Every Wednesday, you also head back to a home base for half a day of behavioural science/teaching. You also spend a day every other week seeing patients in your home practice. Second year is even more flexible, since you get selectives, electives, and more FM time.

 

Rural FM residents have a lot of flexibility and can adjust their schedules to meet their interests and goals. It is nice to be there because you want to...and not have a heavily predetermined schedule that you don't like.

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For rural FM residents, it varies by rotation:

 

When doing the FM blocks:

 

8:30- Round on a few patients you have in hospital

9:30-12:30 Clinic

12:30-1:30- Lunch (yes, we really do get a lunch break at my clinic each day)

1:30-4 or 4:30 Clinic

Evening- Free or choose to do extra training with docs in emerg or ob etc.

You have tons of time to use for your interests in medicine, whether they be extra time in a special area or self directed learning (which can be bad if you are not motivated).

 

Emerg:

Believe it or not, there are only about 14 8 hour shifts per month! I have actually requested that this be increased, since I don't think we learn enough with so little time on this rotation. You can always head back to your home hospital, and do extra learning time there if you want.

 

Currently: IM with hospitalists in a community based setting:

 

8:00 Arrive, divide up new admissions

8-3:00 pm See patients on your list. You have lots of time to read up on them and research medical topics that are relevant during the day. By 2:00, you can usually head home and answer any pages by phone. If you are on call (once a week and one weekend day every other week), then you stay longer. But even then, you have lots of time to study and can answer pages from home, just returning to admit a few patients if needed.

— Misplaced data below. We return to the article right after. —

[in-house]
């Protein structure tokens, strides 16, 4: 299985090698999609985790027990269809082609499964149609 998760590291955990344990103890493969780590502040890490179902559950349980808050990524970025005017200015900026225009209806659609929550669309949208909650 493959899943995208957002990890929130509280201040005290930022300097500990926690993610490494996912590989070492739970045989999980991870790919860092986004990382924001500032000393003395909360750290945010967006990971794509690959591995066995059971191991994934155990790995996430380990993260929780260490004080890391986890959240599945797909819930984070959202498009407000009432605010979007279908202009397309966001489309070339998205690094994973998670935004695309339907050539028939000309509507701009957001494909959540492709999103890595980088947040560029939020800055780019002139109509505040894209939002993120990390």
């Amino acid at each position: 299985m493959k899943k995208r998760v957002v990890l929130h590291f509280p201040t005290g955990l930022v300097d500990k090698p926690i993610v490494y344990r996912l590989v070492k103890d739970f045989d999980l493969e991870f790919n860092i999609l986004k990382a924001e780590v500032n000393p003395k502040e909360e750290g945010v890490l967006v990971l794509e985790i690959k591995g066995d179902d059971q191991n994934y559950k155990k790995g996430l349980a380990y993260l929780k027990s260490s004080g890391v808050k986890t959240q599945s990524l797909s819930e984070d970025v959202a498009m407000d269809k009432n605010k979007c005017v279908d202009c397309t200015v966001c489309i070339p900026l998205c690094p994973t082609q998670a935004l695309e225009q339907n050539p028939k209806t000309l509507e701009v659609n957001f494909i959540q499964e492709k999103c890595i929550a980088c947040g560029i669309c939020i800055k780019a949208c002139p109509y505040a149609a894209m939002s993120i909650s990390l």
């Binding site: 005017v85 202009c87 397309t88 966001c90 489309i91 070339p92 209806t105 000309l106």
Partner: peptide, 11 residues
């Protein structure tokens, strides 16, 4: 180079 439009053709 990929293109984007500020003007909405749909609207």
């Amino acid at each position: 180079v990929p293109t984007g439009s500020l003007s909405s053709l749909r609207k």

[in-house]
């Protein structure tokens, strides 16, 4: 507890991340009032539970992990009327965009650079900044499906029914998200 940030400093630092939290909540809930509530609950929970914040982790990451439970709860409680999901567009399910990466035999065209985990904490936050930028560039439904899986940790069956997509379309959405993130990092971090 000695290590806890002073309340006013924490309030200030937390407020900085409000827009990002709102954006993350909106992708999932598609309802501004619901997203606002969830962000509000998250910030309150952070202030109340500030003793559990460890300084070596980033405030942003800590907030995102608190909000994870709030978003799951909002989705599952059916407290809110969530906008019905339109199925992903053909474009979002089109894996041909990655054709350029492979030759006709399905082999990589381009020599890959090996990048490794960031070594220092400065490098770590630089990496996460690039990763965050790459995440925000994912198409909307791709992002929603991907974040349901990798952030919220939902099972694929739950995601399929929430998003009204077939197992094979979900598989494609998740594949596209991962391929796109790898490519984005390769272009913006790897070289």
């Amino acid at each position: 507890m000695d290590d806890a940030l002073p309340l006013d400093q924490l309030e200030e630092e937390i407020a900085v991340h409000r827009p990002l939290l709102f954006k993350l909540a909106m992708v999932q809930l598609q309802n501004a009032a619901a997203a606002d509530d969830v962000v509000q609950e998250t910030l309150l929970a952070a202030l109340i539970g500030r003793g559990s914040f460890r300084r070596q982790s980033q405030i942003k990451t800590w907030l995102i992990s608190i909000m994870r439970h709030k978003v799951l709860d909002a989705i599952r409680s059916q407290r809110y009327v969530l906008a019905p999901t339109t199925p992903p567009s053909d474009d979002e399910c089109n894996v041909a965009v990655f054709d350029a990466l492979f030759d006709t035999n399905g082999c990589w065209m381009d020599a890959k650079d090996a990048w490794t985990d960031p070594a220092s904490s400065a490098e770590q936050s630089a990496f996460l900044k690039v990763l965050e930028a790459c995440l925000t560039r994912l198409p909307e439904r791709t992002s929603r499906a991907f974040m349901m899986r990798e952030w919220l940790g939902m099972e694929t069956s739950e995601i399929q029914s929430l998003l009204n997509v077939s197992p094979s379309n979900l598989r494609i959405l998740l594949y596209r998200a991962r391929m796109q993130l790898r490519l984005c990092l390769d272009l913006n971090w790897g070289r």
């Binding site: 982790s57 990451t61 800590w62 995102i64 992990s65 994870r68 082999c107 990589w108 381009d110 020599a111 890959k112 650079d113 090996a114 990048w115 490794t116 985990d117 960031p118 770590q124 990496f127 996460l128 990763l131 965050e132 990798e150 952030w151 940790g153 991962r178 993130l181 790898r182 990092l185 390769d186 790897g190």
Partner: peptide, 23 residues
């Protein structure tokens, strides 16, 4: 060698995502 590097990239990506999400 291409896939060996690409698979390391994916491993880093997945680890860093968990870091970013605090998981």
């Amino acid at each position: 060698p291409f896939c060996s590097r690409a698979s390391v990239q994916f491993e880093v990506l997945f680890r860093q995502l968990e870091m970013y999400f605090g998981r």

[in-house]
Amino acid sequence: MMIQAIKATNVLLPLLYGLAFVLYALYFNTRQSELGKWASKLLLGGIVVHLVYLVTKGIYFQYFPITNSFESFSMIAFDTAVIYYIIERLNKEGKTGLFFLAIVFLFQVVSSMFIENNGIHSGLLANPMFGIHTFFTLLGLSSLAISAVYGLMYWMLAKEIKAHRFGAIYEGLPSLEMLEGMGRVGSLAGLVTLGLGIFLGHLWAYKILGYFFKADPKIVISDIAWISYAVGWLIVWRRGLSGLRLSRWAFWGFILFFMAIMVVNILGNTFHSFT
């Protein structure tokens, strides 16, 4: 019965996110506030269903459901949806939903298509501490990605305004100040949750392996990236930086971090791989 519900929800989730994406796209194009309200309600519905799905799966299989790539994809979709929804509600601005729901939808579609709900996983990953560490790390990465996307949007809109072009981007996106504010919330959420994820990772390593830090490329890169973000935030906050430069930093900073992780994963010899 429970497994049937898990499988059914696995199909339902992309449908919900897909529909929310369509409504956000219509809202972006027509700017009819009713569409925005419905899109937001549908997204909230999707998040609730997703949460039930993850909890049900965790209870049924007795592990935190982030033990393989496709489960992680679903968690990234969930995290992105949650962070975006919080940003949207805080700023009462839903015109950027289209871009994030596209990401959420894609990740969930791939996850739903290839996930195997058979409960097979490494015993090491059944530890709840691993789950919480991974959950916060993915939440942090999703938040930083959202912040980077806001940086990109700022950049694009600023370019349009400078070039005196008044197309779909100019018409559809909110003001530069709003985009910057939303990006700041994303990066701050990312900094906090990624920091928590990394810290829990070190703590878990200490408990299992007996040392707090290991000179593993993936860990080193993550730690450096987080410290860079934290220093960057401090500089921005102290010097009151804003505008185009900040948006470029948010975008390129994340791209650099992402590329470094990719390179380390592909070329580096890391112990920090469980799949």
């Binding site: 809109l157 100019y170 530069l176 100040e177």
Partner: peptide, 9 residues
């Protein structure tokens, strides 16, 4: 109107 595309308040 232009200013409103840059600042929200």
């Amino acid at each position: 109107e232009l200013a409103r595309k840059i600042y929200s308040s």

Every Wednesday, you also head back to a home base for half a day of behavioural science/teaching. You also spend a day every other week seeing patients in your home practice. Second year is even more flexible, since you get selectives, electives, and more FM time.

 

Rural FM residents have a lot of flexibility and can adjust their schedules to meet their interests and goals. It is nice to be there because you want to...and not have a heavily predetermined schedule that you don't like.

 

So are you in FM or IM or both?

 

By 'FM blocks' you mean in clerkship right?

 

It sounds rural IM is pretty chillaxorz

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So are you in FM or IM or both?

 

By 'FM blocks' you mean in clerkship right?

 

It sounds rural IM is pretty chillaxorz

 

I think RuralDoc explained it well in their post. They are a rural family medicine resident and residents do rotations in family medicine (=FM blocks), internal, emerg, etc as part of their training. If I have misinterpreted your post, RuralDoc, please let us know. :)

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I think RuralDoc explained it well in their post.

 

Or you could have just called me a moron.

 

I'm not familiar with the lingo. Thanks for clearing.